AbstractBACKGROUND AND OBJECTIVES: B-cell chronic lymphoproliferative disorders (B-CLPD) are usually monoclonal expansions of a single B-cell clone. However in some cases, two unrelated B-cell clones co-exist. Additionally, cases with two B-cell subpopulations displaying a similar phenotype but distinct DNA contents exist, the exact nature of these cases remaining unknown. In order to gain insight into the characteristics of these complex B-CLPD we examined two cohorts of patients. MATERIAL AND METHODS: One cohort had two phenotypically distinct B-cell populations (group A; n= 9) and the other, two B-cell subsets showing different DNA contents and/or light scatter properties, but a similar immunophenotype (group B; n= 7). RESULTS: Fluorescent in situ hybridization studies revealed the presence of genetic abnormalities in six cases from group A, either in one (n=5) or the two co-existing B-cell populations (n=1); in all these cases the two B-cell populations showed unrelated IgH gene rearrangements. In all seven cases from group B, the B-cell population showing higher DNA contents had additional chromosomal abnormalities as compared to the other subset; molecular analysis confirmed the monoclonal nature of these cases. INTERPRETATION AND CONCLUSIONS: In summary, we show that in group A, two phenotypically/cytogenetically distinct, unrelated B-cell clones co-exist, while the two B-cell populations from group B appear to represent different stages of evolution of a single clone.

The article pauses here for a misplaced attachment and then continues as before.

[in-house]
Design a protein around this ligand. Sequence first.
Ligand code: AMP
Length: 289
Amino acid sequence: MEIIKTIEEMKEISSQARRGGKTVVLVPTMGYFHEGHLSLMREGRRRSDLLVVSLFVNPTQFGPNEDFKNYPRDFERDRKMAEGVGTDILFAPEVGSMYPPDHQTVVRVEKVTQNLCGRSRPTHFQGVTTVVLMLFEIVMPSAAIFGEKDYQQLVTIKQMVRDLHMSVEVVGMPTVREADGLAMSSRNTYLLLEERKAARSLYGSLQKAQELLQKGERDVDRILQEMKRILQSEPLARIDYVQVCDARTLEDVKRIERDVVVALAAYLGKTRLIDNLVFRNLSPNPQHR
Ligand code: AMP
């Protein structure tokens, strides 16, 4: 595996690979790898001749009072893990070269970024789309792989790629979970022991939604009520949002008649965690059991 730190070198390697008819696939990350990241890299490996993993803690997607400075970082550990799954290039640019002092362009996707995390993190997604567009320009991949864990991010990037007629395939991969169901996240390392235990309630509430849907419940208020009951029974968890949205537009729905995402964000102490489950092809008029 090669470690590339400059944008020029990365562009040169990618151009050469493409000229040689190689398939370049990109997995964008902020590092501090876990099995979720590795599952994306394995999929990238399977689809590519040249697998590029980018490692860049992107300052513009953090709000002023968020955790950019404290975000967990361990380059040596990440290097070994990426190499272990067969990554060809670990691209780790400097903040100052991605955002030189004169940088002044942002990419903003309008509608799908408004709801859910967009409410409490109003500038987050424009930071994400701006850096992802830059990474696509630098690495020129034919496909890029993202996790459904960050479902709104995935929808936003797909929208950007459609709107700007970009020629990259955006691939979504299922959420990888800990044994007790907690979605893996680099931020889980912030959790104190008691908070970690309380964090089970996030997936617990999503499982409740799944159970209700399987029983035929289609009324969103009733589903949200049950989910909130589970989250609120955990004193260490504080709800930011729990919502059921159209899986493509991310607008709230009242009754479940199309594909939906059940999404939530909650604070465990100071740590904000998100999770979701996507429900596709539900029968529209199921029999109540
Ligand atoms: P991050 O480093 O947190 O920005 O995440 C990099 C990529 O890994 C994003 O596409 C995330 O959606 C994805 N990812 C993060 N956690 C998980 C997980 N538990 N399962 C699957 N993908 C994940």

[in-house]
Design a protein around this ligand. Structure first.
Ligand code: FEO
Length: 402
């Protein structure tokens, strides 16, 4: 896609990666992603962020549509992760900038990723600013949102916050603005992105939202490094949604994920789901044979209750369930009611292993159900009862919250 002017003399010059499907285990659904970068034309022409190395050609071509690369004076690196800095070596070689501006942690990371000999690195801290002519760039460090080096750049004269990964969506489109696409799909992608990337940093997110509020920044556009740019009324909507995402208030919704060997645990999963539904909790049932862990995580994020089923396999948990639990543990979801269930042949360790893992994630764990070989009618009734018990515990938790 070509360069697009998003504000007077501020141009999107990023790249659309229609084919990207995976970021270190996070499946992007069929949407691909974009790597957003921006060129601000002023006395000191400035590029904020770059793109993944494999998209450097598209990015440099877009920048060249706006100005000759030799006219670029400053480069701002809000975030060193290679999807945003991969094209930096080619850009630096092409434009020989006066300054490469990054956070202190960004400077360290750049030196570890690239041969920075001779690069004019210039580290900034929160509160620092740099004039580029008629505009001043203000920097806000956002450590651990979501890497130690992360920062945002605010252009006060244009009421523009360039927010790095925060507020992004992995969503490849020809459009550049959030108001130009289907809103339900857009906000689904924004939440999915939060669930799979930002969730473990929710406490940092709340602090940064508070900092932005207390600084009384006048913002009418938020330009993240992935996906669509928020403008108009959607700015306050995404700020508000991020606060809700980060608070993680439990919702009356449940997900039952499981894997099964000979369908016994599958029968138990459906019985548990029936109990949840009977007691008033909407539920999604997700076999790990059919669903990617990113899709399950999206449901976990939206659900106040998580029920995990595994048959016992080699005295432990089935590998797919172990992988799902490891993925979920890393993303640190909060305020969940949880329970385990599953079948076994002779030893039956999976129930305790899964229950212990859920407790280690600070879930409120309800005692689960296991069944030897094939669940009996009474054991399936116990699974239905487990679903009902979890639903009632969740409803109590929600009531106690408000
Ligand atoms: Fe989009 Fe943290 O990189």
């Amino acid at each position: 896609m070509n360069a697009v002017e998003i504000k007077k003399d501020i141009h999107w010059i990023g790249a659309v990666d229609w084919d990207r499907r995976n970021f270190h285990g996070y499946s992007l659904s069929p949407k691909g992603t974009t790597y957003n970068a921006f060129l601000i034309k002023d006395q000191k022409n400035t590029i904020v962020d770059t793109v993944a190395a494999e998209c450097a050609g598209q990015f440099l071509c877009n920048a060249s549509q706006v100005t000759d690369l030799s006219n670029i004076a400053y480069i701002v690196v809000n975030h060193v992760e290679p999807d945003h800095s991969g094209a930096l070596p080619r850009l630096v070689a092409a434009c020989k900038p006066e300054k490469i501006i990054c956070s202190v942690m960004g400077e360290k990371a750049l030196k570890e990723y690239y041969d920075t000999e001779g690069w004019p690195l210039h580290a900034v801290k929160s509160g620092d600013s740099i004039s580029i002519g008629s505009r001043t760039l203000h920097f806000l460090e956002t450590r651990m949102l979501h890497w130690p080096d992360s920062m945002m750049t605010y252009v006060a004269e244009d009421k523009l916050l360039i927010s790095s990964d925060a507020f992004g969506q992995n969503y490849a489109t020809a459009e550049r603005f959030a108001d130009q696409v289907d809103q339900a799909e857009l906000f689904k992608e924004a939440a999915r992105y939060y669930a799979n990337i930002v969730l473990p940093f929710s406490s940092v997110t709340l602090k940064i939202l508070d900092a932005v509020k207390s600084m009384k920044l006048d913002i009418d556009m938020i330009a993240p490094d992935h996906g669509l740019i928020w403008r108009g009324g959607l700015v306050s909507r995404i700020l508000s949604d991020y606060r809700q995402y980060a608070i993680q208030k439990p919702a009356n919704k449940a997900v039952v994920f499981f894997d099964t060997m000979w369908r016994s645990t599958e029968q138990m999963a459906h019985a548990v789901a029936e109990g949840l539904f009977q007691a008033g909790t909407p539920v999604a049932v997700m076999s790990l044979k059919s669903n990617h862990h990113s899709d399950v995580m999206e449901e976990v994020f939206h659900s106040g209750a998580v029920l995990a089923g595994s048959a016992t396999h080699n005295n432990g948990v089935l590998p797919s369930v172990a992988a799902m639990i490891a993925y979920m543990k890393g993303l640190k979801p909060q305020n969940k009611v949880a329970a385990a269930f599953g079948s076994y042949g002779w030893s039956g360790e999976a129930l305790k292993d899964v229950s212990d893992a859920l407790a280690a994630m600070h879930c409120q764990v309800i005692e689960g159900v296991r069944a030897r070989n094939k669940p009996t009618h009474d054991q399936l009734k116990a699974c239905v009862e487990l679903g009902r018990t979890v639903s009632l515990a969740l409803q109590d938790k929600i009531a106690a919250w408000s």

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Vol. 91 No. 3 (2006): March, 2006 : Comparative Studies
Ferrata Storti Foundation, Pavia, Italy
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